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MAINHORSE

Mainhorse

 

Symphonic Prog

3.75 | 52 ratings

From Progarchives.com, the ultimate progressive rock music website

Atavachron
Special Collaborator
Honorary Collaborator
4 stars Delicious package from a typical but hugely talented heavy symph group that exemplified the craving in 1971 for both loud rawk and real music, and did justice to this band's first inception from two years earlier, the fledgling Integral Aim/Mainhorse Airline. Of course when players as Pat Moraz and Jean Ristori are involved, results will be predictably pleasing. Though some will hear distinct returns of ELP, it must be noted this band was doing the same equally exciting stuff in '69 [available as The Geneva Tapes] when Greg Lake and Keith Emerson were still just flirting with each other and in fact this dazzling outfit may have partly influenced that supergroup, not the other way 'round.

The comparisons are futile though, as this material shows more affection for the kind of let-it-all-out heavyblues of Jeff Beck Group, Faces or Zeppelin, tempered and enhanced by Moraz's commanding organs and Ristori's cello. Spitfire staccato organ riffs for the 'Introduction' with Patrick insisting we "get it together" as the boys tear it up, drawn down by a demifugue before the crashing finish. The songwriting skills of David Kubinec show up in Integral Aim bit 'Passing Years', moody and blue with a heroin John Lennon vocal. Bracing 'Such a Beautiful Day' is more prog than its meager pop arrangement suggests, sewn together with some English Beat, Ristori's overdriven low E, and Bryson Graham's extraordinary big jazz drums filling the place with thunder. Sprawler 'Pale Sky' is a solid centerpiece at ten minutes; bold shifts in time, interesting breaks that verge on space but never quite leave the atmosphere, and pleasant echoes of Steve Miller and a young Greg Lake. Very good up-tempo 'Basia', odd bossa nova 'More Tea Vicar', and 60s hard-psych in 'God' with some nice moments for guitarist Peter Lockett.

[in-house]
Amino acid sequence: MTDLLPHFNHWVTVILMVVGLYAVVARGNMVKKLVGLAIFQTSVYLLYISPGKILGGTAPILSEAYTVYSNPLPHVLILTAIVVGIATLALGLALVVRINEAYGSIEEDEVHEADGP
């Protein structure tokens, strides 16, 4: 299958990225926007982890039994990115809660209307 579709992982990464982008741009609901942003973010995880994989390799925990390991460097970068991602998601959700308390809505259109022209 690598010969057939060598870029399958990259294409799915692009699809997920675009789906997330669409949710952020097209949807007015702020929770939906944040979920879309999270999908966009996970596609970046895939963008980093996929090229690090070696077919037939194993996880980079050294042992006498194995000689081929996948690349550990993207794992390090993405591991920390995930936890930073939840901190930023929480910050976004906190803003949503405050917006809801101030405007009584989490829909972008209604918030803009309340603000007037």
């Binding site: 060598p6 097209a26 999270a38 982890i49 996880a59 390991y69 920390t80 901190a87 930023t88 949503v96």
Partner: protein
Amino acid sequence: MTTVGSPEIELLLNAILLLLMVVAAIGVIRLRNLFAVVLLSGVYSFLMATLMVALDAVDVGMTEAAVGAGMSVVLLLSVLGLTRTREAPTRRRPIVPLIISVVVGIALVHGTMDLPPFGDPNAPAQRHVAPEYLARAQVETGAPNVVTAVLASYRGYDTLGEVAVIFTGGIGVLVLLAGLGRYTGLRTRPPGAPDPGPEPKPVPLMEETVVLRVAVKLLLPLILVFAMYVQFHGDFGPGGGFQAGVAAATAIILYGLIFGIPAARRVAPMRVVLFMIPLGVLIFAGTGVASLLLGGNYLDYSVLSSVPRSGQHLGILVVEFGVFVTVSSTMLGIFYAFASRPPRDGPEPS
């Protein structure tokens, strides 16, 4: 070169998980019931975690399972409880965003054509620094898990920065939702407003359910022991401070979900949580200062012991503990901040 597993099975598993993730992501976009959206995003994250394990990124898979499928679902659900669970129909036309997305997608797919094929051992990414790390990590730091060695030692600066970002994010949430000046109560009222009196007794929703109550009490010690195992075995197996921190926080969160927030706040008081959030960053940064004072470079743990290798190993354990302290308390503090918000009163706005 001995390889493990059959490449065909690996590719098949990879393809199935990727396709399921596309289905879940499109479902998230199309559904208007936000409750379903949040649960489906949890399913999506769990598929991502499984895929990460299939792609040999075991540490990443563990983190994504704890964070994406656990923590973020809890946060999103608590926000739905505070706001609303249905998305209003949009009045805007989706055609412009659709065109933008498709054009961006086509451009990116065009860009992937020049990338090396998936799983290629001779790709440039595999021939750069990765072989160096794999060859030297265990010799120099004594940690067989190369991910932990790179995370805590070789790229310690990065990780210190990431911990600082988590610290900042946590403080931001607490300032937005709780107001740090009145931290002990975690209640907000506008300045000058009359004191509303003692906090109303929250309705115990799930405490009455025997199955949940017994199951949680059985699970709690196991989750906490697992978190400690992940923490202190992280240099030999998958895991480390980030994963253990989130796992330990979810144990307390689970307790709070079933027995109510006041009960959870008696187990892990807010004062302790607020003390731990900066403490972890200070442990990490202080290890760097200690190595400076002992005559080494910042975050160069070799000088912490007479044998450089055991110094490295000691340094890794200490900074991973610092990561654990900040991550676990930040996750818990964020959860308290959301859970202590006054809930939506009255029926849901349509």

One of those records wherein the seasoned rock listener immediately recognizes why it was so good and unsuccessful, and why music that failed to capture a rock market splitting between grain whiskey and good wine can be savored decades later like an aged single-cast bourbon. Recommended.

Atavachron | 4/5 |

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